Google Promotes Banned Books

    September 13, 2006
    WebProNews Staff

Despite America’s reputation as a free society, the practice of banning books in schools and even some libraries has happened through the years. Google and the American Library Association will celebrate 25 years of Banned Books Week, September 23rd – 30th.

F. Scott Fitzgerald’s The Great Gatsby was an influential book for me in high school. It started me on the path to writing just for the enjoyment of doing so. I’m fortunate not to have been in a place that would have banned it over its content.

That and other works have been banned or challenged over the years. The roster of authors reads like a recommended reading list: Ernest Hemingway, Harper Lee, Toni Morrison, John Steinbeck. As a high schooler I probably would have agreed with a ban on “The Grapes of Wrath,” I have to admit.

To highlight these works, Google, the American Library Association, and libraries and bookstores will observe Banned Books week later this month. Leslie Burger, president of the American Library Association, discussed the banned books efforts on the Official Google Blog:

Now Google has joined the party. At, you can use Google Book Search to explore some of the best novels of the 20th century which have been challenged or banned.

And while libraries and bookstores around the country celebrate the 25th anniversary of Banned Books Week with special readings, displays, and more, you just might end up with a visit to your local library or bookstore and an old favorite or a new banned book in hand.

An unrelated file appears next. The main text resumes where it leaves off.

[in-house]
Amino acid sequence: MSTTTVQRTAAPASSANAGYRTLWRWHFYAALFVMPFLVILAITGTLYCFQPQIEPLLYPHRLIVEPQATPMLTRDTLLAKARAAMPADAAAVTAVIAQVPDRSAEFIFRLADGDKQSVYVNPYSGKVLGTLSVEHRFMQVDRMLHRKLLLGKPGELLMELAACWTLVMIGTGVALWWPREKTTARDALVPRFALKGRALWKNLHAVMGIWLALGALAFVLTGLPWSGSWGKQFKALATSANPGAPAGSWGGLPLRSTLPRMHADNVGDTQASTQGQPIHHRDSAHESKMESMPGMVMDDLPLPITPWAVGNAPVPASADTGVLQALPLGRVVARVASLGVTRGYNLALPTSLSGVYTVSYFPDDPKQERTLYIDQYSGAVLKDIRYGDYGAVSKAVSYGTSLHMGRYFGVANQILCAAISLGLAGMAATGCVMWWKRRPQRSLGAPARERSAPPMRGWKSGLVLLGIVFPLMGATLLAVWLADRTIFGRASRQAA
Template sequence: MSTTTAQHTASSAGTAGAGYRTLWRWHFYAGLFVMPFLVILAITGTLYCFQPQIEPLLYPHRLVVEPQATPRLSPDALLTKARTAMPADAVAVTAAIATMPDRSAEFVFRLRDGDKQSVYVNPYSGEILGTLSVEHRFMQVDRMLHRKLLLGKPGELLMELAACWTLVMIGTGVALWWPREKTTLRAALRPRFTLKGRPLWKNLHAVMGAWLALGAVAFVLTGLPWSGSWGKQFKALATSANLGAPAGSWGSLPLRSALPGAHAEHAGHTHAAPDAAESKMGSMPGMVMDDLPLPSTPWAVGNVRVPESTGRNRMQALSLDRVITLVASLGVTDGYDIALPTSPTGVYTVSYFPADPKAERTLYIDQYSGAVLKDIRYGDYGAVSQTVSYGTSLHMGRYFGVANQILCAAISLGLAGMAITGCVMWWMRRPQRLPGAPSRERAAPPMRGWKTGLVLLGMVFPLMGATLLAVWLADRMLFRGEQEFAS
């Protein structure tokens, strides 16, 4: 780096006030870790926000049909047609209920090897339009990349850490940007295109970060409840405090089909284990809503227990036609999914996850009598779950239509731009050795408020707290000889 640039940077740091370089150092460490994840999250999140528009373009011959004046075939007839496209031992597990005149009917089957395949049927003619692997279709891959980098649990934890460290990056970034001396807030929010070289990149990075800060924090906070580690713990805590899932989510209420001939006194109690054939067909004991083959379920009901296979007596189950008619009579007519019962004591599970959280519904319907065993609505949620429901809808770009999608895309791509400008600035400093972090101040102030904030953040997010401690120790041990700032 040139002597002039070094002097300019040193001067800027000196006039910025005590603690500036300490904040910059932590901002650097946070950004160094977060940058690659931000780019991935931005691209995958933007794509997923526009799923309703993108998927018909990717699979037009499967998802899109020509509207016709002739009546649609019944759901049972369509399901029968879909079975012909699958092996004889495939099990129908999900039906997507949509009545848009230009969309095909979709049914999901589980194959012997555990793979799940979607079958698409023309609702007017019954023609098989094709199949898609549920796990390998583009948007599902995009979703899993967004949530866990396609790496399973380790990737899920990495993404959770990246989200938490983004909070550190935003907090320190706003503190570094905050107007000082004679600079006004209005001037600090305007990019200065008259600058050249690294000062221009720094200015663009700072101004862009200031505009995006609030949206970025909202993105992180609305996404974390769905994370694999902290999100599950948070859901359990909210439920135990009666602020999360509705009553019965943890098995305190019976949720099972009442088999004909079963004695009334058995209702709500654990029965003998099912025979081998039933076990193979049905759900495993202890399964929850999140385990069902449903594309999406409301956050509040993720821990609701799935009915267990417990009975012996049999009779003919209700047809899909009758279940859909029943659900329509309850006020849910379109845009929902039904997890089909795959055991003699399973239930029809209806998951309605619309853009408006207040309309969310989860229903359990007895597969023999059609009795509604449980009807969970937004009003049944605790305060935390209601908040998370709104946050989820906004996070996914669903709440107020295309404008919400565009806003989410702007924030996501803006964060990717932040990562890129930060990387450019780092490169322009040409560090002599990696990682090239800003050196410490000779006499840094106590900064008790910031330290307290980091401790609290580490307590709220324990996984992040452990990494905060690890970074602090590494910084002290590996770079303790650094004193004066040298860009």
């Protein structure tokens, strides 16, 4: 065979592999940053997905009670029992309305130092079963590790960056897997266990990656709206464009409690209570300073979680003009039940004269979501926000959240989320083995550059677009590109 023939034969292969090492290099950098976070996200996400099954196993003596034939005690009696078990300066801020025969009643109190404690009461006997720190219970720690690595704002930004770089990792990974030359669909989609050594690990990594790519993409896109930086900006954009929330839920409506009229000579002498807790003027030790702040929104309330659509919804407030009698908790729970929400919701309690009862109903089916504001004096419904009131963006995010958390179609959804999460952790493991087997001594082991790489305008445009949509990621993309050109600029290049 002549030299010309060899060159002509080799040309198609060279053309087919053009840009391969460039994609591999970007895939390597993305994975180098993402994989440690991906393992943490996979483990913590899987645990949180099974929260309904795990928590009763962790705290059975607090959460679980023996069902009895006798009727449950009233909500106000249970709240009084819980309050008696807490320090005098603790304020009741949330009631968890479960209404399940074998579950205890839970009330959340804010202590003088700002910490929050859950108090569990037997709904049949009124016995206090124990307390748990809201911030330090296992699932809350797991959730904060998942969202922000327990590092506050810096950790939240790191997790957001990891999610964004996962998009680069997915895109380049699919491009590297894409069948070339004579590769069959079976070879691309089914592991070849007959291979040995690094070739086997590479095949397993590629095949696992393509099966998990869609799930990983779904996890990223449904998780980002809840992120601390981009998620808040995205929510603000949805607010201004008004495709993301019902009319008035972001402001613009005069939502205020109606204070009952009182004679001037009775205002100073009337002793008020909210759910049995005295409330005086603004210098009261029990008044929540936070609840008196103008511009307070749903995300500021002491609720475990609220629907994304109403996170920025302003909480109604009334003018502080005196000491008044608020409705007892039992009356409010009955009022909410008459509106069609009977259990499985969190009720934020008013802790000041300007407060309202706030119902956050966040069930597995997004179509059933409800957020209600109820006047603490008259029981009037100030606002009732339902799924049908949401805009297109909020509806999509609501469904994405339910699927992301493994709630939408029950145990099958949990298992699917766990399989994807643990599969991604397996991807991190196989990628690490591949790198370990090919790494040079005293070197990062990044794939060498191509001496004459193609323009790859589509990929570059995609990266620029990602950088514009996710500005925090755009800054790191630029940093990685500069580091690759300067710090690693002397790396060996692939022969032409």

When Apple Computer launched its personal computer line, the company released a now-famous TV commercial where a woman smashes a massive TV screen image of Big Brother with a sledgehammer. Big Brother was essential to the plot of George Orwell’s 1984, a book read by countless high school audiences.

If 1984 had been banned, Apple’s Super Bowl ad could never have resonated with so many people. Granted, there are plenty of reasons to remember a classic work besides a TV commercial, but it is a very public example of the breadth of reach of a memorable book.

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David Utter is a staff writer for WebProNews covering technology and business.